In animal parks, let wild ones roam free, too.
In 2004, my daughter, her husband, their two daughters and I had several days at Walt Disney World. It was in December, before Christmas, and we had a delightful time.
It was my youngest granddaughter's birthday and she got to meet Cinderella at dinner. It left her awestruck. I have photos that prove it.
It occurred to me while looking at pictures taken a decade ago that seeing a giraffe virtually disappear among foliage outside my hotel window was interesting but somewhat lacking in authenticity.
Never miss a local story.
However, I recognize that Central Florida cannot exactly replicate the giraffe's scattered range in Africa.
The giraffe's habitat is savannas, grasslands and open woodlands. The animal has an appetite for acacia leaves. That's fine with me.
I have an aversion to anything with thorns. I have an oleander of which I am careful.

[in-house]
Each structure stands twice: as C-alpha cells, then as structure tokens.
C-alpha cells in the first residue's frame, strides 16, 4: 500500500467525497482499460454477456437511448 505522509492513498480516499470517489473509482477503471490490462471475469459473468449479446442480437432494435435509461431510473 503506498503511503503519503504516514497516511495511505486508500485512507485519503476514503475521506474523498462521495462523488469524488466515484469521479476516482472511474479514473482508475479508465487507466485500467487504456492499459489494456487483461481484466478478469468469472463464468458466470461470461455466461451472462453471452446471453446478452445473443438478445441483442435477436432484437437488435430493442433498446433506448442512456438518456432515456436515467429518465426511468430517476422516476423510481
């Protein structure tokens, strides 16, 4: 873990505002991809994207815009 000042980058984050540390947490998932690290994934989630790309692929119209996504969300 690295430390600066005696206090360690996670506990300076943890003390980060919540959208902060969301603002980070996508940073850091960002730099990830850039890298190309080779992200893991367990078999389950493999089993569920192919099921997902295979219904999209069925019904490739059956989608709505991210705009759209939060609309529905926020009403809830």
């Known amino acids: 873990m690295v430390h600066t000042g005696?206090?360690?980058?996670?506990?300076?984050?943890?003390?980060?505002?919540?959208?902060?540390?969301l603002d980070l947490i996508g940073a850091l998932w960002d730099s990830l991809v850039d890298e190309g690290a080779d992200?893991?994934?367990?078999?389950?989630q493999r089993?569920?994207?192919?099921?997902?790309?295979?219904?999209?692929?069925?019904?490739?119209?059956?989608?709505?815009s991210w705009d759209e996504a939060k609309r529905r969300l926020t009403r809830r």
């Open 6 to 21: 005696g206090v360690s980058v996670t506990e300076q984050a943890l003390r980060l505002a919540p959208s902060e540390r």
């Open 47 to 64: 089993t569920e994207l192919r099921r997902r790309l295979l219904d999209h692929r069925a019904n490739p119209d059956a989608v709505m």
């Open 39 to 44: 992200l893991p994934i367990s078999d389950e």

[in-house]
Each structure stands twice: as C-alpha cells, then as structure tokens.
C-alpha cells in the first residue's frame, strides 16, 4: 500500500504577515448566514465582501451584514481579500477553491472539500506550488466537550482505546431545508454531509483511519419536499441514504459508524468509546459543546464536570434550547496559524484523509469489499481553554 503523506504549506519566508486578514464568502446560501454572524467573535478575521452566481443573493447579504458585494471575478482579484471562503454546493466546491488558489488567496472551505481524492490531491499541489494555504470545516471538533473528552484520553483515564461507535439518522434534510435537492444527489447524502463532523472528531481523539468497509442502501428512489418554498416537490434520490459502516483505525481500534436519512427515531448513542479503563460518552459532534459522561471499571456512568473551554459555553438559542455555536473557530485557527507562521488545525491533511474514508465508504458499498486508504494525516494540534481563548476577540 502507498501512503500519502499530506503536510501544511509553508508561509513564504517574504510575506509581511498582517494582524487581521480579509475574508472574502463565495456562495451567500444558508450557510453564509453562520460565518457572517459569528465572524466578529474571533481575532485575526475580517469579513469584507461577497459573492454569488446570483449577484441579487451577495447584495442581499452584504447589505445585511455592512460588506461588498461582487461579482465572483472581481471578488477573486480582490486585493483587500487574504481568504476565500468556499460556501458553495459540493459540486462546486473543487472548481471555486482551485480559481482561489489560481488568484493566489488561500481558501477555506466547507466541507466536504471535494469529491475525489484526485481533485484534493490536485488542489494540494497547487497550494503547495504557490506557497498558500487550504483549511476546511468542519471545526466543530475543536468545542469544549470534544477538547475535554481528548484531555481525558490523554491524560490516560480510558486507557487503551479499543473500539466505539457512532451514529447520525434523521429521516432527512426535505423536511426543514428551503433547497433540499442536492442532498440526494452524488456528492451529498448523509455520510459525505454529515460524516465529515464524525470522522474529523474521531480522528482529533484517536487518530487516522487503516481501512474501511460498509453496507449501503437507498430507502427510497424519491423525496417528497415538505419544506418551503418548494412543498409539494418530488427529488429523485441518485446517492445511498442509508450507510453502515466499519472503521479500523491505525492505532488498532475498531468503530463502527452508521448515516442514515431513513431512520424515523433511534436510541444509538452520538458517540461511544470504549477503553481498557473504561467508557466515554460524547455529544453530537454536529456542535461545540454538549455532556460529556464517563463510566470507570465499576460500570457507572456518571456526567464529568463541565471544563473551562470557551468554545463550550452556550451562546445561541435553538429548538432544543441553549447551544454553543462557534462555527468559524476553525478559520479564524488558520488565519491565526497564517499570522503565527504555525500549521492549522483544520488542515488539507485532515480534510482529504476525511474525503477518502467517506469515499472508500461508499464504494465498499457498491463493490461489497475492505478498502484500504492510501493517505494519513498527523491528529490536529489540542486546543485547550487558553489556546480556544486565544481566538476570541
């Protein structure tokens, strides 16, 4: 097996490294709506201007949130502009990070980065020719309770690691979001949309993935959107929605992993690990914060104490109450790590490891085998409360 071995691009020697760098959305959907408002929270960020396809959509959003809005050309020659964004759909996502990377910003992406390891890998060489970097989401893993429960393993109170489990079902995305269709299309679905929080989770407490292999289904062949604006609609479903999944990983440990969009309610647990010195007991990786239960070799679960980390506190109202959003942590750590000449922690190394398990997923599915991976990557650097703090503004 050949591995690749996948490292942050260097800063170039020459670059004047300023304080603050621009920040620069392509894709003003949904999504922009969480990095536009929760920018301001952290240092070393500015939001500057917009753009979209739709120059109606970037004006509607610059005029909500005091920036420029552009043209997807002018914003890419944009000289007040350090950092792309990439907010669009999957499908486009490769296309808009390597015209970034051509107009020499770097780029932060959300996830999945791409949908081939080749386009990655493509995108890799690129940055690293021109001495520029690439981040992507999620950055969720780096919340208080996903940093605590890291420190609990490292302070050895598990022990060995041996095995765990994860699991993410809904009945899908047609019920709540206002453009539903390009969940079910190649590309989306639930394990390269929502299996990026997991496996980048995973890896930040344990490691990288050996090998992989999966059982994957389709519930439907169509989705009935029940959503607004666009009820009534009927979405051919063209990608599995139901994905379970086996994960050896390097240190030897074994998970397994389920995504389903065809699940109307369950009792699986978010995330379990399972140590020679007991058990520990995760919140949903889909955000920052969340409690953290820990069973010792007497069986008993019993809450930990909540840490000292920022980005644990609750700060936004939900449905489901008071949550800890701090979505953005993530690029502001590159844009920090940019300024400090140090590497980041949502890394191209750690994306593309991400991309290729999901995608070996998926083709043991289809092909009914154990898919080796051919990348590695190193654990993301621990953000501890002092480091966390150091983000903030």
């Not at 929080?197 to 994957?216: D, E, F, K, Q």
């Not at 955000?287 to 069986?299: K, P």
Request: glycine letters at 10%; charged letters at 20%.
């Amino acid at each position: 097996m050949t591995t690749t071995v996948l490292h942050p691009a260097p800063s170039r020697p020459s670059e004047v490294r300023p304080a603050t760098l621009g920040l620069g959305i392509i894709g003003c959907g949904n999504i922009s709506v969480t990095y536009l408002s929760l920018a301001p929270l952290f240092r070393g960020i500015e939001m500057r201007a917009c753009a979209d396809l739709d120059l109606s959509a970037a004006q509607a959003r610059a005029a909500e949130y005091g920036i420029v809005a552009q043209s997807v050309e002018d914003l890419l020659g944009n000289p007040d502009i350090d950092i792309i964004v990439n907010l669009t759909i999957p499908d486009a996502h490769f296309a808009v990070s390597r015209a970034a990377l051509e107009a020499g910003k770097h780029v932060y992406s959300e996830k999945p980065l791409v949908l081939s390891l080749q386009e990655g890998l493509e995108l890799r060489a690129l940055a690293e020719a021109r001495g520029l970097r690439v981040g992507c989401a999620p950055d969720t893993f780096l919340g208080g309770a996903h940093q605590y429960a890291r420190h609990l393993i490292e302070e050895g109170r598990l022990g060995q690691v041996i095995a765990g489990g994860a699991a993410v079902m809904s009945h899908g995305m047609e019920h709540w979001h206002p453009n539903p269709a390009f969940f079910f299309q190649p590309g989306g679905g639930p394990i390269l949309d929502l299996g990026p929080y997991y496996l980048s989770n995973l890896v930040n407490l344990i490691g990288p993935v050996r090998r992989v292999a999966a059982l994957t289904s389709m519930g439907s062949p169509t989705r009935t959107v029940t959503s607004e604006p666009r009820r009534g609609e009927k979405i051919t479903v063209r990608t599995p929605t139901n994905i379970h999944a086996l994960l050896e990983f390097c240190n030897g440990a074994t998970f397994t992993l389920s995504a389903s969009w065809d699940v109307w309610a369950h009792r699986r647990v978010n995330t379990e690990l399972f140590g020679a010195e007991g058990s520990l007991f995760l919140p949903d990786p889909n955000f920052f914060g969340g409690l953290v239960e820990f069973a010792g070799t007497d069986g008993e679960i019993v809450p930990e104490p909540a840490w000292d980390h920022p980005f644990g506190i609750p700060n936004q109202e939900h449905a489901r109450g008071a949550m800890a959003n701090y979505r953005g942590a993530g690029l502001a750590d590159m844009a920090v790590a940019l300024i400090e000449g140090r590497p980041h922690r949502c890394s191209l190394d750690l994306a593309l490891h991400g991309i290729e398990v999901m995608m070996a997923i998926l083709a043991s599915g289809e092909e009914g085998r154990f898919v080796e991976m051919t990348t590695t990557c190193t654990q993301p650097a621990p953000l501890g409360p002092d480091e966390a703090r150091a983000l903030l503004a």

I think that Walt Disney World would do well, in order to make the experience of being close to exotic wild animals more authentic, to introduce giraffes' natural predators to the Animal Kingdom. More specifically, I am speaking of lions, leopards, spotted hyenas and wild dogs.
Think of how dramatic it would be for young children to see a full-grown giraffe brought down and devoured by, say, a pride of lions.
Over time, before the body of the giraffe started to decay, hyenas would show up. Maybe, next, wild dogs and jackals. Each in its own turn.
There are lots of vultures in Florida, and it's my guess they would be attracted also.
There is, in fact, a real world beyond the premises of the Reedy Creek Development Company at Lake Buena Vista.
Disney has made billions presenting fantasy while our government has squandered trillions doing the identical thing. Isn't it time to get real?